Language barriers are not limited to ethnicity. Governmental and scientific jargon can also block communication. So, in addition to language translation, certain environmental lingo should be redefined to reflect the native values of Hawai‘i, said Lynette Cruz, Ph.D., a Hawai‘i Pacific University international studies professor.

Cruz said the terms “environment,” “resource,” and “sustainability” need to be redefined based on the land values of the Hawaiian culture. Currently, these terms reflect Western values. Cruz said “that by having the Hawaiian community define the term environment, the definition will be less intellectual and more about feeling.”

Stephen Kubota of the Ahupua‘a Action Alliance said that the language used in community outreach should not threaten or isolate, but be inclusive of all people who make Hawai‘i their home.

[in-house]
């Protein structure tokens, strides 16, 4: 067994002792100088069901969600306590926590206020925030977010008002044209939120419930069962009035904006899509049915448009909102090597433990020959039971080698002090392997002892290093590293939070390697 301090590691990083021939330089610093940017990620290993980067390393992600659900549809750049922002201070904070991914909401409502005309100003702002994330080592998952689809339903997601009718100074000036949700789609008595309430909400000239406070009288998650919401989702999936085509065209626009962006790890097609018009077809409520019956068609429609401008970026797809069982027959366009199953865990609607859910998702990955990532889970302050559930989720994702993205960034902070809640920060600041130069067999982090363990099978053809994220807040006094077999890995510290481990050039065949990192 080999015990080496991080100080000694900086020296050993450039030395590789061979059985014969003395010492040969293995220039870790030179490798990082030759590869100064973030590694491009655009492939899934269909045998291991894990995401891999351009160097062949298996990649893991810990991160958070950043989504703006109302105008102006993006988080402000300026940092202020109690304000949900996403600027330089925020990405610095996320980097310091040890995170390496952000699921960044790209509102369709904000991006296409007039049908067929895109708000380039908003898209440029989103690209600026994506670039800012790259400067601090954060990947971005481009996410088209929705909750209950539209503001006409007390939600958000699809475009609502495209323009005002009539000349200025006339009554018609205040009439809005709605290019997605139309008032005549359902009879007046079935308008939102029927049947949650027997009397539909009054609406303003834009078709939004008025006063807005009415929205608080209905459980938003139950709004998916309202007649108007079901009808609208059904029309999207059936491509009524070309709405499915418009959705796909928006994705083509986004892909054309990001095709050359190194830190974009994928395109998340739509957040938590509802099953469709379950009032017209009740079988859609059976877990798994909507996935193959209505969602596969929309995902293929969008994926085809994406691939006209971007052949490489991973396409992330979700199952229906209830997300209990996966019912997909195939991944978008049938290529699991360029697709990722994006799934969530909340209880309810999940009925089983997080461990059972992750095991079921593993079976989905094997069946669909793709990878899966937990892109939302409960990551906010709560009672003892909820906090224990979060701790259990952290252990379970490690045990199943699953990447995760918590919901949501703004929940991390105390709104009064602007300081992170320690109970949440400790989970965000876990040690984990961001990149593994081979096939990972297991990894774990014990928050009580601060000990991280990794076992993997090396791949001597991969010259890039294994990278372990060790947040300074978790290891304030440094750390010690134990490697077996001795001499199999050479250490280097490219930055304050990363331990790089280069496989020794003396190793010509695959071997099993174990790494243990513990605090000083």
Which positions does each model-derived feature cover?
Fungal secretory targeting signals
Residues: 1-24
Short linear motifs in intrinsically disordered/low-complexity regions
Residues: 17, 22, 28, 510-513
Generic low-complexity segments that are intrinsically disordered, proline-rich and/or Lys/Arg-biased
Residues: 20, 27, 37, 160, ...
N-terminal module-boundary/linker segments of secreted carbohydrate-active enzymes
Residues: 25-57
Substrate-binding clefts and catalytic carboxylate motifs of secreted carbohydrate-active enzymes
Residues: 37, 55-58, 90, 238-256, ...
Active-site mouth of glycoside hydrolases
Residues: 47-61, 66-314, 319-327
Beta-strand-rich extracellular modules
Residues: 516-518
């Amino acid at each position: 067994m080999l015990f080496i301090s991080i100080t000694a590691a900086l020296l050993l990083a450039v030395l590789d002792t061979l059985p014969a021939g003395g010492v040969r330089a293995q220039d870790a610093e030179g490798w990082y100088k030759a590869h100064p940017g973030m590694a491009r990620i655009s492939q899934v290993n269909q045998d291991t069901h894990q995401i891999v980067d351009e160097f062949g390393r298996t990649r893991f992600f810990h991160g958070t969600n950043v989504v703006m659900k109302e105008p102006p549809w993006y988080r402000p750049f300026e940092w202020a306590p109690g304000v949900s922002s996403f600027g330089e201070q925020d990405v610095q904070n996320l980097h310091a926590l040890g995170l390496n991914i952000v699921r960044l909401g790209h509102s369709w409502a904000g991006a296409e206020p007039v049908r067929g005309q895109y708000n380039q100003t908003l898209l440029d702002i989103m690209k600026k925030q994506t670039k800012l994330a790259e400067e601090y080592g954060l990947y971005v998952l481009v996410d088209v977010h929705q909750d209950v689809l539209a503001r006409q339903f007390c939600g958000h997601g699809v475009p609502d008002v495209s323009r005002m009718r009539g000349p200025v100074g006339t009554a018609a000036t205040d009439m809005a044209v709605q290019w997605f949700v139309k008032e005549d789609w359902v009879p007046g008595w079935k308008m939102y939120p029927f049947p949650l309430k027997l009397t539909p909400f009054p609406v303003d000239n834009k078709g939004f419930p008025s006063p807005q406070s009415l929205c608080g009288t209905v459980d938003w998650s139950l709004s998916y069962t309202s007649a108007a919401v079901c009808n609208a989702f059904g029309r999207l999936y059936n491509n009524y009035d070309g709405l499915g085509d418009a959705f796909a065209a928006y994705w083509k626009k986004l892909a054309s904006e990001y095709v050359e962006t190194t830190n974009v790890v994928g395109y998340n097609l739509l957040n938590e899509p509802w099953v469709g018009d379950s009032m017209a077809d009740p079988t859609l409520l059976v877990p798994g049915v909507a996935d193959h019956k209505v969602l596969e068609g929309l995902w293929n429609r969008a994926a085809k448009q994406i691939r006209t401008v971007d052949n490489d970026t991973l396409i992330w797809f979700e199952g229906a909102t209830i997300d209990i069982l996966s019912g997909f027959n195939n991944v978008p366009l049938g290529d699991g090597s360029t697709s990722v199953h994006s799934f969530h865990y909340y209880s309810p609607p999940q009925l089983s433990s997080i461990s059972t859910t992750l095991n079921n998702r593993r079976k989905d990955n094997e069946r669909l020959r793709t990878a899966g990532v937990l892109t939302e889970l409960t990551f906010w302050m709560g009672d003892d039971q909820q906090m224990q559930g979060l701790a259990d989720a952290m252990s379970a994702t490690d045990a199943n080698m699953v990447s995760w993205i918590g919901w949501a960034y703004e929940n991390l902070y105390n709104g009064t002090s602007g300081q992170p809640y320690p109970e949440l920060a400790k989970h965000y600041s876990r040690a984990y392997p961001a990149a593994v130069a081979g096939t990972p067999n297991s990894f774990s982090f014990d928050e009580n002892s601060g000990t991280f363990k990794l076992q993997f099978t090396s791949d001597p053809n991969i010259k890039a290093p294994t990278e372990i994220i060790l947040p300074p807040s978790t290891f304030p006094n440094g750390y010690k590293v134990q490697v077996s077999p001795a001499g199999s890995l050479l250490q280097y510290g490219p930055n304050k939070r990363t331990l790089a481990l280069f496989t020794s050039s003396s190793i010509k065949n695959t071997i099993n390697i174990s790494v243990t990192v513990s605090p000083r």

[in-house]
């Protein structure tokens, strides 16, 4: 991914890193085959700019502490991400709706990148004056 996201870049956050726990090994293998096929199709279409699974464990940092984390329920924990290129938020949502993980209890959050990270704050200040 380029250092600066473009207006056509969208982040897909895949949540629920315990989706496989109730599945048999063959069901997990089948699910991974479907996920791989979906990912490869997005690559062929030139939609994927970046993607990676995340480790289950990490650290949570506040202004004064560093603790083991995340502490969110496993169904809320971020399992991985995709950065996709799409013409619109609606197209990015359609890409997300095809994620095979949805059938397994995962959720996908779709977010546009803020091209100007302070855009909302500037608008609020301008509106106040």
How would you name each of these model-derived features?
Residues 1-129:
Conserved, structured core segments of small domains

Hawaiian Values

Cruz said that Hawaiians view themselves as being a part of the environment, whereas Westerners see the environment as something distant and separate. Cruz added, “the role of the Hawaiians is not to dominate the land, but to serve the land, the water, everything. The goal is to maintain the land so that it is beneficial for everybody.”

Kubota said that the framework for justice in Hawaiian values is based on two words – pono (to do what is right) and aloha. These values are “motivators to do what is right now and the break the cycle from descending into chaos,” said Kubota. The goal is to live in balance with the environment so that the Hawaiians are healthy.